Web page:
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Metabolic Acidosis Medications

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What is BASAL METABOLIC RATE? What does BASAL METABOLIC RATE mean? BASAL METABOLIC RATE meaning - BASAL METABOLIC RATE definition - BASAL METABOLIC RATE explanation. Source: Wikipedia.org article, adapted under https://creativecommons.org/licenses/... license. Basal metabolic rate (BMR) is the minimal rate of energy expenditure per unit time by endothermic animals at rest. It is reported in energy units per unit time ranging from watt (joule/second) to ml O2/min or joule per hour per kg body mass J/(hkg)). Proper measurement requires a strict set of criteria be met. These criteria include being in a physically and psychologically undisturbed state, in a thermally neutral environment, while in the post-absorptive state (i.e., not actively digesting food). In bradymetabolic animals, such as fish and reptiles, the equivalent term standard metabolic rate (SMR) is used. It follows the same criteria as BMR, but requires the documentation of the temperature at which the metabolic rate was measured. This makes BMR a variant of standard metabolic rate measurement that excludes the temperature data, a practice that has led to problems in defining "standard" rates of metabolism for many mammals. Metabolism comprises the processes that the body needs to function. Basal metabolic rate is the amount of energy expressed in calories that a person needs to keep the body functioning at rest. Some of those processes are breathing, blood circulation, controlling body temperature, cell growth, brain and nerve function, and contraction of muscles. Basal metabolic rate (BMR) affects the rate that a person burns calories and ultimately whether that individual maintains, gains, or loses weight. The basal metabolic rate accounts for about 60 to 75% of the daily calorie expenditure by individuals. It is influenced by several factors. BMR typically declines by 12% per decade after age 20, mostly due to loss of fat-free mass, although the variability between individuals is high. The body's generation of heat is known as thermogenesis and it can be measured to determine the amount of energy expended. BMR generally decreases with age and with the decrease in lean body mass (as may happen with aging). Increasing muscle mass has the effect of increasing BMR. Aerobic (resistance) fitness level, a product of cardiovascular exercise, while previously thought to have effect on BMR, has been shown in the 1990s not to correlate with BMR when adjusted for fat-free body mass. But anaerobic exercise does increase resting energy consumption (see "aerobic vs. anaerobic exercise"). Illness, previously consumed food and beverages, environmental temperature, and stress levels can affect one's overall energy expenditure as well as one's BMR. BMR is measured under very restrictive circumstances when a person is awake. An accurate BMR measurement requires that the person's sympathetic nervous system not be stimulated, a condition which requires complete rest. A more common measurement, which uses less strict criteria, is resting metabolic rate (RMR).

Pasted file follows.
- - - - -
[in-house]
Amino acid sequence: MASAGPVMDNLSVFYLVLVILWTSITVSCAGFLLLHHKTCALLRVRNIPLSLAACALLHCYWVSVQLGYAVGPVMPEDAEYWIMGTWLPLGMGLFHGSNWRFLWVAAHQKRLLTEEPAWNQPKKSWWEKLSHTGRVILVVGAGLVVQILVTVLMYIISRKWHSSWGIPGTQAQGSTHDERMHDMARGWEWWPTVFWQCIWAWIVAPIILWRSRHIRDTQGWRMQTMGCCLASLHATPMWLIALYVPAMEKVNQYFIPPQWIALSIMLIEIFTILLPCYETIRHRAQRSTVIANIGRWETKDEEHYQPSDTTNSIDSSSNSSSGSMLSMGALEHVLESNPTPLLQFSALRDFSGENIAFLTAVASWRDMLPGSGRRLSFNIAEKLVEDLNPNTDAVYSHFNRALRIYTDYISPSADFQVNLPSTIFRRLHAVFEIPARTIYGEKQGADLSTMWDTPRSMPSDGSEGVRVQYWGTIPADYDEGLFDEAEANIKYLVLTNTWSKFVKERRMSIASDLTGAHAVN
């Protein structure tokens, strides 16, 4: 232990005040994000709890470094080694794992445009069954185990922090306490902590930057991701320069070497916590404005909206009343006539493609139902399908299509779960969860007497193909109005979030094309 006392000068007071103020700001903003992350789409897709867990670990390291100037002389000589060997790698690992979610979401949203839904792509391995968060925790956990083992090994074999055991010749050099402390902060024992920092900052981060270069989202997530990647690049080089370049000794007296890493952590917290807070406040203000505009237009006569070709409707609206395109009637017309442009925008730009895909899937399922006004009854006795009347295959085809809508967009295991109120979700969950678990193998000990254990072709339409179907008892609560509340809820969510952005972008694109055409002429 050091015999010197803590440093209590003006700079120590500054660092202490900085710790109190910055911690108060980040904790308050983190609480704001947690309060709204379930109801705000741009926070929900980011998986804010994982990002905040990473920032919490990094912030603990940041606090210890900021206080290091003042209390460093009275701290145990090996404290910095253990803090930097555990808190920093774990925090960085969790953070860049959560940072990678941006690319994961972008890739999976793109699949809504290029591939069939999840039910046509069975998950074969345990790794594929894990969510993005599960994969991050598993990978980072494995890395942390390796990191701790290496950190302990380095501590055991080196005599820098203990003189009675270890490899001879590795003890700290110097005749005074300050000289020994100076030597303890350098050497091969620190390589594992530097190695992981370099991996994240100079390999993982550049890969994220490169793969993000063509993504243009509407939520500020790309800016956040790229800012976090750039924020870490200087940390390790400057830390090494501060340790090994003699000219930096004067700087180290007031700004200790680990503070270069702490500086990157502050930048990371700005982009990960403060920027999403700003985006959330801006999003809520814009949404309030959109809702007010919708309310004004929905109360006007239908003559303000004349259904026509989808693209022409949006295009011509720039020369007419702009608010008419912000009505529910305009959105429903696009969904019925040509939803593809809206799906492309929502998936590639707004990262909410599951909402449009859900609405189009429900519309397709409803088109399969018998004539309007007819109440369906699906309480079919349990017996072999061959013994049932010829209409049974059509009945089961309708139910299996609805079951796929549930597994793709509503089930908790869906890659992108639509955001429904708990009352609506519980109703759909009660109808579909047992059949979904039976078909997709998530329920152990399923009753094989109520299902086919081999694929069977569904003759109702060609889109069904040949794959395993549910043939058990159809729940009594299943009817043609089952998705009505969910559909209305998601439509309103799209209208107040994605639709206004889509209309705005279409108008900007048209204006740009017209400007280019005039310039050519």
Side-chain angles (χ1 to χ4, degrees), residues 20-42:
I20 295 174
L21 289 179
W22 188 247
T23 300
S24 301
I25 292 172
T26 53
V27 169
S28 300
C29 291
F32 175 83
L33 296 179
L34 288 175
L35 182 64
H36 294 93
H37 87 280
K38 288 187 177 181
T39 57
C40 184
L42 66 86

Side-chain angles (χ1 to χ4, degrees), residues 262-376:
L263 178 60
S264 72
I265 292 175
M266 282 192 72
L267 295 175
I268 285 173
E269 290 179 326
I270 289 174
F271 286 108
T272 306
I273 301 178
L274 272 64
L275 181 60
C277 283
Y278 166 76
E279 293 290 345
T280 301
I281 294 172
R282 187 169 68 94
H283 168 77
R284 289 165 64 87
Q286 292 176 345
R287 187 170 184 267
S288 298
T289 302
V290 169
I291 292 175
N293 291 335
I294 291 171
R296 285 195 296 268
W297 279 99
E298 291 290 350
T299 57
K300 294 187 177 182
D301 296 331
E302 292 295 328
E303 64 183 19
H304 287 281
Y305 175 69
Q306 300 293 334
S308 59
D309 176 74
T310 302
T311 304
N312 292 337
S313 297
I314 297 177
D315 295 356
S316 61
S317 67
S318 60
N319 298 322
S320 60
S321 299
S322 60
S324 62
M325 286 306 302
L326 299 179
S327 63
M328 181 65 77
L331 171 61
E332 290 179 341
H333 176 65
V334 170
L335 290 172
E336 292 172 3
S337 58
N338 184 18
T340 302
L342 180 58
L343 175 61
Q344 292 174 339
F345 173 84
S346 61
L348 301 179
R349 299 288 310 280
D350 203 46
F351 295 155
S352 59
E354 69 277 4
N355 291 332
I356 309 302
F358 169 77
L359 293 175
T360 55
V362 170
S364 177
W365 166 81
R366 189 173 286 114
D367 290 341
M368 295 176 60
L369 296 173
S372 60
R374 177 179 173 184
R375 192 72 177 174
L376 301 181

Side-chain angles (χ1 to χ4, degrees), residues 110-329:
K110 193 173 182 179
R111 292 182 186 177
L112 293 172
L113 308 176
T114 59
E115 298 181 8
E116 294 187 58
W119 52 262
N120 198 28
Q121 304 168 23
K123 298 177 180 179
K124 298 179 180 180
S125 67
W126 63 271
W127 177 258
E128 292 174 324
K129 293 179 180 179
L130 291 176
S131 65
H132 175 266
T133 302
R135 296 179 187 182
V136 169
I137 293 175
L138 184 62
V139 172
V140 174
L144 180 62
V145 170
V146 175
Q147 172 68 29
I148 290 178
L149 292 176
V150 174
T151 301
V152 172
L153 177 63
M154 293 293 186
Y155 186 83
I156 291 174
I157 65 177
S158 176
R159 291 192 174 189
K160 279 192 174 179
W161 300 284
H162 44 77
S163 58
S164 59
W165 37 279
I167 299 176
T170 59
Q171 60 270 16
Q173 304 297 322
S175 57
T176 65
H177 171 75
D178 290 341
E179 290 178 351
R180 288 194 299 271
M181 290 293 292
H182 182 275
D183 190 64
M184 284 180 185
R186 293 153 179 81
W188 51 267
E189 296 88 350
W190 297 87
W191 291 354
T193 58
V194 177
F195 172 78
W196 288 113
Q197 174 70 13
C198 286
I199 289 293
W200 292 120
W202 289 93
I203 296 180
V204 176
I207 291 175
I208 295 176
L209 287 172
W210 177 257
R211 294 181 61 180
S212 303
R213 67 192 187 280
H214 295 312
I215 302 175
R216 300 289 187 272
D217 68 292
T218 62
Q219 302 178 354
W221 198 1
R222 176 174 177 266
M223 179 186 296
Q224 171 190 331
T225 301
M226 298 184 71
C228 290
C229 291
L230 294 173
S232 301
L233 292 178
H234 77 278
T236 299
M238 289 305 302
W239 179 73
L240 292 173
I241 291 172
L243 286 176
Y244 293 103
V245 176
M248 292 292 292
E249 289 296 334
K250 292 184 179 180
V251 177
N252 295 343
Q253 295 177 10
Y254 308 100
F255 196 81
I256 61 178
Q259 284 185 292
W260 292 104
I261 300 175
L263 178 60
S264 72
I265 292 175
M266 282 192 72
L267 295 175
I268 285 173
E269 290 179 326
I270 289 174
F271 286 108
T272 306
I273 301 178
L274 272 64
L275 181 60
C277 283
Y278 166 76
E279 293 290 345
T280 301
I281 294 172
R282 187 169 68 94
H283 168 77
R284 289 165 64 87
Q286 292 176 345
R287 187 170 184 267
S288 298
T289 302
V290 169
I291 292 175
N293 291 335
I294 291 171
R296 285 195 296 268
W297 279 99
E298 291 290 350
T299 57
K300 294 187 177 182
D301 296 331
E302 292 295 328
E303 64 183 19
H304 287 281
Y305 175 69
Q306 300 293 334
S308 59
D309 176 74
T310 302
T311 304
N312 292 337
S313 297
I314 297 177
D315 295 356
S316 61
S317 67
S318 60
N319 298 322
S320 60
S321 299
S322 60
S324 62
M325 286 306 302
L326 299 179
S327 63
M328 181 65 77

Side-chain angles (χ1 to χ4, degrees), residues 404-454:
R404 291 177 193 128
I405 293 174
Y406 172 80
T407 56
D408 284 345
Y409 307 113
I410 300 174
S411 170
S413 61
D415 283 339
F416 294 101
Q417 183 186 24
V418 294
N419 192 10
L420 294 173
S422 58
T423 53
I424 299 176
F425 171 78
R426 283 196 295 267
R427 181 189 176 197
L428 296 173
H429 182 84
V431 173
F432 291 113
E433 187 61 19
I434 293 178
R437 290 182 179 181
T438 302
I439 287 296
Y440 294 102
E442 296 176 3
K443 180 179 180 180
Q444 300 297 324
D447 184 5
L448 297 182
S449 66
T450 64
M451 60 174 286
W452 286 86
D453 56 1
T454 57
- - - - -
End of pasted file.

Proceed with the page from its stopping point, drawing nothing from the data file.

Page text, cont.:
Drug-induced Metabolic Acidosis

SummaryDrug causes of metabolic acidosis are numerous and their mechanisms are diverse. Broadly, they can cause metabolic acidosis with either a normal anion gap (e.g. drug-induced renal tubular acidosis) or an elevated anion gap (e.g. drug-induced lactic acidosis or pyroglutamic acidosis). This review describes the drugs that can cause or contribute to metabolic acidosis during therapeutic use, the mechanisms by which this occurs, and how they may be identified in practice. aNeurointensive Care Unit, St George's University Hospitals NHS Foundation Trust bClinical Pharmacology, St George's University of London, London, UK Correspondence to Andrew W. Hitchings, Senior Lecturer in Clinical Pharmacology and Consultant in Neurointensive Care, St George's University Hospitals NHS Foundation Trust and St George's University of London, Cranmer Terrace, London SW17 0RE, UK. Tel: +44 20 8725 5380; e-mail: [email protected] Editor: R E Ferner, MSc, MD, FRCP, Director of the WestMidlands Centre for Adverse Drug Reaction Reporting and Consultant Physician at City Hospital, Birmingham, UK. Assistant Editor: Mr C Anton, MA, MEng. Editorial Board: Australia: Dr M Kennedy, Professor G M Shenfie Continue reading >>

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  1. kristyn14

    Hi I am new to the forums I have type1 diabetes I have had it for 8 years nearly just wanted to ask if anybody has any advice on high blood sugars and ketones and when the best time is to go to hospital if I can't get it under control I had an infection last week but seems like my bloods and ketones don't want to settle down any1 able to help out I would appreciate it thanks.:-/

  2. noblehead

    Take aread of the following Kristyn:
    http://www.diabetes-support.org.uk/info/?page_id=141

  3. Dashing.

    kristyn14 said: ↑
    Hi I am new to the forums I have type1 diabetes I have had it for 8 years nearly just wanted to ask if anybody has any advice on high blood sugars and ketones and when the best time is to go to hospital if I can't get it under control I had an infection last week but seems like my bloods and ketones don't want to settle down any1 able to help out I would appreciate it thanks.:-/ what are yours on at the moment? usually i'd ring mine if i had 1.5 or above =.=

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Anion gap usmle - anion gap metabolic acidosis normal anion gap metabolic acidosis

Drug-induced Metabolic Acidosis